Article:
The Darkest HourBy: Maya Banks
HE’D hoped if he drank enough the night before he’d sleep right through today. Instead his eyes popped open at eight A.M., and sunlight promptly fried his retinas.
Ethan Kelly threw an arm over his face and lay there as the reality of the day hit him square in the gut.
He could say something incredibly corny like . . . June 16, the day his world irrevocably changed. June 16, the day everything went to hell. Truth was, it had done that long before.
The phone rang shrilly from the nightstand, and he quelled the urge to smash it. Instead he listened as each ring pierced his skull like an ice pick.
When it didn’t quit in a reasonable length of time, he reached over and yanked the cord from the wall. It could only be one of his well-meaning family members, and the last thing Ethan wanted today was sympathy.
If it was his dad, he’d give Ethan a lecture about how Rachel wouldn’t like the man he’d become. No, Rachel hadn’t liked the man he’d been. Huge difference there. He hadn’t liked the man he’d been.
Frank Kelly would go on about how it was time to get on with his life. Move on. He’d grieved long enough.
If it was one of his brothers calling, they’d ride his ass about when he was coming to work for KGI.
Knowing there was no chance of him going back to sleep with a head that was split apart at the seams, he struggled to the edge of the bed and planted his feet on the floor.
He’d sought oblivion, but all he had to show for the alcohol binge was cotton mouth and a stomach that felt like he’d ingested lead.
And he still had to face today.
Eyes closed, he pressed his fingers into his temples and then covered his face with his hands. His palms dug into his eye sockets, and he massaged as if he could wipe away the cloud hovering in his vision.
Her name whispered through his tired mind, conjuring memories of his laughing, smiling, beautiful wife. They floated there like butterflies.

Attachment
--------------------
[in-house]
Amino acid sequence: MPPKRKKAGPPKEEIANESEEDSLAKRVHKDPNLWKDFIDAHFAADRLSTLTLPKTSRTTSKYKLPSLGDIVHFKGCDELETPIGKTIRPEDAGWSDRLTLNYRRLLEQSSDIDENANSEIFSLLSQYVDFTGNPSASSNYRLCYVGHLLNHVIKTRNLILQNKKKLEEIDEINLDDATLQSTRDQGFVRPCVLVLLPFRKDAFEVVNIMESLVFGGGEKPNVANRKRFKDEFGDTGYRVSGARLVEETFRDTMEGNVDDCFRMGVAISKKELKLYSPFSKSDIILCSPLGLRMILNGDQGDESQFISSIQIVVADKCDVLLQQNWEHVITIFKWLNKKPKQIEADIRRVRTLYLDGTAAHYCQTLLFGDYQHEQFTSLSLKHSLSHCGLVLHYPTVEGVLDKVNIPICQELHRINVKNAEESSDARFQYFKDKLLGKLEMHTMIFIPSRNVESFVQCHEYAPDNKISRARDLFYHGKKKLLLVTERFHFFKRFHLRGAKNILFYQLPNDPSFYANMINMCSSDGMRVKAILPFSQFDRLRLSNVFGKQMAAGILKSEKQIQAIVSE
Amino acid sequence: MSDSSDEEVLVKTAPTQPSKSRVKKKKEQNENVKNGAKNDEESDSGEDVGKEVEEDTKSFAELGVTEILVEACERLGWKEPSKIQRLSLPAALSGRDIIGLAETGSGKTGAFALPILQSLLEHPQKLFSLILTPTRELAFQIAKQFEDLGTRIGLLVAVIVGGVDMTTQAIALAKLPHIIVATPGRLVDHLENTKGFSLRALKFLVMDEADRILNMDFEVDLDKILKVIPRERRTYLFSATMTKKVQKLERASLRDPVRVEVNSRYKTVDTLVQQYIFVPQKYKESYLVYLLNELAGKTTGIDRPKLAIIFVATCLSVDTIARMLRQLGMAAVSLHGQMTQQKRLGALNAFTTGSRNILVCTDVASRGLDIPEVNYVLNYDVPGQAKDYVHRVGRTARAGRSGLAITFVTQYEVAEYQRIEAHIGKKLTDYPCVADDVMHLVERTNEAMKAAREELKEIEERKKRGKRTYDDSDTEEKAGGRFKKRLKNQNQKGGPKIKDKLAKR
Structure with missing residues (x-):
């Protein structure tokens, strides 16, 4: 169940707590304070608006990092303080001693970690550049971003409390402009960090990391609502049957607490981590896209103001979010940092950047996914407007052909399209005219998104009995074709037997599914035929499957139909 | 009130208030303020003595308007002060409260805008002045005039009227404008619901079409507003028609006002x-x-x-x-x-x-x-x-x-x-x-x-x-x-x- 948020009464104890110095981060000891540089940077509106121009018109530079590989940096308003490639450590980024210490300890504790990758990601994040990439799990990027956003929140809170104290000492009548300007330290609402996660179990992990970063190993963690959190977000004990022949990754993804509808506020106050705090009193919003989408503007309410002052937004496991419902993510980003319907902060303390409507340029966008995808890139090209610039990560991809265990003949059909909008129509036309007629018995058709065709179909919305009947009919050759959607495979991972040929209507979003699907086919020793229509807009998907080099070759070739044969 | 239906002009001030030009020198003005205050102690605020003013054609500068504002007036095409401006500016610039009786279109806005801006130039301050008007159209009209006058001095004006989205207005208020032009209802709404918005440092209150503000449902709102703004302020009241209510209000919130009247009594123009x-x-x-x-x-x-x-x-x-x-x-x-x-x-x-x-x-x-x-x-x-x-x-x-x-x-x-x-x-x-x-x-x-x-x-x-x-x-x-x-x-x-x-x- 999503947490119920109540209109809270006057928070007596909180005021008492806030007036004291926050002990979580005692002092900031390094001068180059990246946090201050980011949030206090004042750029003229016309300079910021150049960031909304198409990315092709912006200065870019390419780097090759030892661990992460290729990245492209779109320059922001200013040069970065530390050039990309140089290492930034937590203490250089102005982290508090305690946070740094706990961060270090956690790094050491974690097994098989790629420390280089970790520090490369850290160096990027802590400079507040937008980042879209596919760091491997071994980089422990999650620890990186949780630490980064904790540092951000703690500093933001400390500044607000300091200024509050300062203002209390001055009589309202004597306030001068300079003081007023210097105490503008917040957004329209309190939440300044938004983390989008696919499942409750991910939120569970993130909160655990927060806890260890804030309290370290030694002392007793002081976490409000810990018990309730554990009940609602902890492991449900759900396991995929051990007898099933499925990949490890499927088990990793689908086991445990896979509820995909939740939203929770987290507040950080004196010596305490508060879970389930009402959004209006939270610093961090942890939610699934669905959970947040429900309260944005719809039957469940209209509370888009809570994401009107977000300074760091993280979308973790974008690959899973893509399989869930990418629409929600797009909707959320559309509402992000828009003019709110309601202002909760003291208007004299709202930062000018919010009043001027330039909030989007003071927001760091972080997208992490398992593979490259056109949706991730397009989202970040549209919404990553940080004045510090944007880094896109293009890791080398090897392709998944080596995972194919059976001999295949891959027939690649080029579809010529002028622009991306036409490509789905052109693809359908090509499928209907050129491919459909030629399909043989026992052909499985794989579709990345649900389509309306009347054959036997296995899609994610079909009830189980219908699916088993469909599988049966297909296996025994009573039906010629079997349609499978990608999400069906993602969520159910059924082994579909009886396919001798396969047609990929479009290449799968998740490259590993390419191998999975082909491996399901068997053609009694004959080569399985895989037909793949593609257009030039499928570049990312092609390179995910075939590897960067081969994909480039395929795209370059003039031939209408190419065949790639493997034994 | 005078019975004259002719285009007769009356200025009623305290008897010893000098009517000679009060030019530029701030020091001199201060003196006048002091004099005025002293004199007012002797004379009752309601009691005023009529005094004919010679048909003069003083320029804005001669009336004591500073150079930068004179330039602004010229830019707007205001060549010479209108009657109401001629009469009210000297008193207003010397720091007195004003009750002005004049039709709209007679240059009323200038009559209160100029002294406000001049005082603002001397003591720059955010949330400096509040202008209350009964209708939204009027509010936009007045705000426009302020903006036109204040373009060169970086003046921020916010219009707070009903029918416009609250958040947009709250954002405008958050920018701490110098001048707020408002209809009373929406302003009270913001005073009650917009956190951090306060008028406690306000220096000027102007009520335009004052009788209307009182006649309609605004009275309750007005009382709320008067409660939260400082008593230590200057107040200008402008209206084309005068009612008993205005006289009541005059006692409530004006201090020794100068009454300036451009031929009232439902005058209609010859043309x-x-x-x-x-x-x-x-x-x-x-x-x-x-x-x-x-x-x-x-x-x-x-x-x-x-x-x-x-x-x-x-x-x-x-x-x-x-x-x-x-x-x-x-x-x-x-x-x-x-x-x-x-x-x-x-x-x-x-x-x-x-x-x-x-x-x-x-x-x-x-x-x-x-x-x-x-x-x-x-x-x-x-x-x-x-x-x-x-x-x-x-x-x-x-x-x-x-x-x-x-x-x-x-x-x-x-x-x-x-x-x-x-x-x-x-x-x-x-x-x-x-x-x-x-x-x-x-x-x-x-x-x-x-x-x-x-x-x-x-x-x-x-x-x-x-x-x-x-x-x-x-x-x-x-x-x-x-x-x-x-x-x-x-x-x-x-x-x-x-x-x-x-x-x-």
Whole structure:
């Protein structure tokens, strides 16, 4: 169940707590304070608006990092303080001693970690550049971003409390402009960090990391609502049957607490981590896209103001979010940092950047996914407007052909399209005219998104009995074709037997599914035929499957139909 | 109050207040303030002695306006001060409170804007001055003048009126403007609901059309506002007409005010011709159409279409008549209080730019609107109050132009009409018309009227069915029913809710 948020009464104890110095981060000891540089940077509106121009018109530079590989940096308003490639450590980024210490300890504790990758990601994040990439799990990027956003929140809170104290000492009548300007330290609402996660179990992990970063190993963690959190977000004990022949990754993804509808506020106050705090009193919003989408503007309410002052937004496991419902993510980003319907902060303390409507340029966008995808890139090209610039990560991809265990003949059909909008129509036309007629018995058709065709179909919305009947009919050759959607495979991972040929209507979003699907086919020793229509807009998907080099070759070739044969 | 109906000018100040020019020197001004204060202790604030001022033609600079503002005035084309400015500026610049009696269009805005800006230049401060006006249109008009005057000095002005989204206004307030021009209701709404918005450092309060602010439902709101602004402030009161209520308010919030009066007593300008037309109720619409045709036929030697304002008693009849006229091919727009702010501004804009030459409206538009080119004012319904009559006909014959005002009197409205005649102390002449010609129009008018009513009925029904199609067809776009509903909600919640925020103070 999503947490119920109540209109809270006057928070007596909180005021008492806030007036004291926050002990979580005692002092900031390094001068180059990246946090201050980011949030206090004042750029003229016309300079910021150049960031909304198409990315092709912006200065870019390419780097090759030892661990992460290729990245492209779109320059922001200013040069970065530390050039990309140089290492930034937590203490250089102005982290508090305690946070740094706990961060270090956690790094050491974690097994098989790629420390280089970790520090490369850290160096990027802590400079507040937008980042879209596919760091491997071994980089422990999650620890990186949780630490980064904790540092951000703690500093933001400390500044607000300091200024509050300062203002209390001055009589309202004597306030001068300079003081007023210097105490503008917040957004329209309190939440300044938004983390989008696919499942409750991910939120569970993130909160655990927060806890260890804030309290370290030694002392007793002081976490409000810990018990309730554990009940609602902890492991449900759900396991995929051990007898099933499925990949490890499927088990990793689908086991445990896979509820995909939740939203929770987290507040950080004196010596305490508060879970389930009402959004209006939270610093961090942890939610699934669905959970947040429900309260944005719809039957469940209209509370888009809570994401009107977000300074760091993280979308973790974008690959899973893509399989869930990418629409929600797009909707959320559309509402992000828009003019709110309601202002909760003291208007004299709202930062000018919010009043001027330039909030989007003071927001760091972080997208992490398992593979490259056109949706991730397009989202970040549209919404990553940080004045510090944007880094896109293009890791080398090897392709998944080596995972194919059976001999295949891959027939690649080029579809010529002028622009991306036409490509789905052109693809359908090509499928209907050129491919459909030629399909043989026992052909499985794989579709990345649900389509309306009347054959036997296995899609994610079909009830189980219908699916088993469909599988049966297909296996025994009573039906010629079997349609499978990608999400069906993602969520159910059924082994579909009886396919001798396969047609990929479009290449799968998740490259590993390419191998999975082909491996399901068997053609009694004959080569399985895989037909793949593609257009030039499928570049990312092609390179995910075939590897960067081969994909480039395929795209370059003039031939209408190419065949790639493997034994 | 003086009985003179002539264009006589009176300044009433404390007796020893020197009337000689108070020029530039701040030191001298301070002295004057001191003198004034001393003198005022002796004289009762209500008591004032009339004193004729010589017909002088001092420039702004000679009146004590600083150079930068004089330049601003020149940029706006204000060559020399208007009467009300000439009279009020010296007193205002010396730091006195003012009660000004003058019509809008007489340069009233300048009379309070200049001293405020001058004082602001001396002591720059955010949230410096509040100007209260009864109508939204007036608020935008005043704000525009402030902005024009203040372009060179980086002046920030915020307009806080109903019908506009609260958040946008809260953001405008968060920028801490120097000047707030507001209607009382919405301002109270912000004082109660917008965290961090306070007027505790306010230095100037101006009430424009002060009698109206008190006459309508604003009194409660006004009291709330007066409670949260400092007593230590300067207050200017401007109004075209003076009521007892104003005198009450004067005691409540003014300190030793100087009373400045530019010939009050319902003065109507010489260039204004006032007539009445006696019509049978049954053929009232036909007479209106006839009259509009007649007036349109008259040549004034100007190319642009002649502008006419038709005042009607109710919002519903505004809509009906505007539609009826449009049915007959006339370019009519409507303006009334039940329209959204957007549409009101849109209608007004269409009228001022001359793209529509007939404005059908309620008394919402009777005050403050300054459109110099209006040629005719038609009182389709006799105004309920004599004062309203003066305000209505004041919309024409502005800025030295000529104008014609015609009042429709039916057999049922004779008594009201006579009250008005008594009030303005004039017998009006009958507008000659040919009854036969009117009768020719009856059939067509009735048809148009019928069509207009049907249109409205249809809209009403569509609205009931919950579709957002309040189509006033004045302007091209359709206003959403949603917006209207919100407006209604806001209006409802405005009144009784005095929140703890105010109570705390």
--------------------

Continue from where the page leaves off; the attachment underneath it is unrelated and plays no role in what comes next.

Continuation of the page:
Just as quickly they shriveled and turned black as if someone had held the wings to fire.
Rachel was gone.
She was dead.
She wasn’t coming home.
He pushed himself up from the bed and staggered toward the bathroom. His reflection didn’t shock him, and he didn’t spare a moment to splash his face with water or wash out his mouth. He took a piss and stumbled back out, his tongue rasping over the roof of his mouth.
He needed a drink. Preferably something that wasn’t going to make him puke.
Mechanically, he walked barefooted across the wood floors into the living room. Everything was just as she’d left it. The room reflected her personality. Classy, elegant, and uncluttered.
He was a rough-around-the-edges slob.
With a heavy sigh, he wandered into the kitchen to make himself a cup of coffee. Maybe his dad was right. Maybe it was time to put the past behind him. Get on with his sorry life. But he wasn’t sure he could ever forgive himself for pushing her away.
He stood by the coffeemaker, waiting for it to quit gurgling. He could sell the house and move to something smaller. It didn’t make sense to keep it since it was just him now.
He needed to move somewhere he wasn’t reminded of her at every turn, but then this was part of his penance. She didn’t deserve to be forgotten and discarded even if that’s what he’d done.
He thrust his cup forward and poured the steaming coffee from the pot. Then he ambled over to the glass table that overlooked the back deck. He sat and stared out over the landscape that had suffered over the last year. Rachel and his mom had painstakingly planned every detail, putting in long hours planting and weeding. Ethan had helped—when he was home.
He’d often been gone for weeks on end, the assignments always out of the blue, classified. He left Rachel with her never knowing where he was going or if he’d return. It was no way for them to live.
He’d resigned his commission after Rachel had miscarried their child. During the two years they were married, he’d failed her a lot, and he’d sworn he wouldn’t do it again. But he had.
He rubbed his eyes then let his hand rest lingeringly on the three days’ worth of stubble that resided on his jaw. He was a wreck.
A flash of peach caught his eye. He zeroed in on the vase of roses he’d bought yesterday. They were her favorite. Not quite orange, not quite pink, she’d always say. A perfect shade of peach. He should take them to her grave, but he wasn’t sure he could bear to stand over that cold slab of marble and tell her for the fortieth time he was sorry.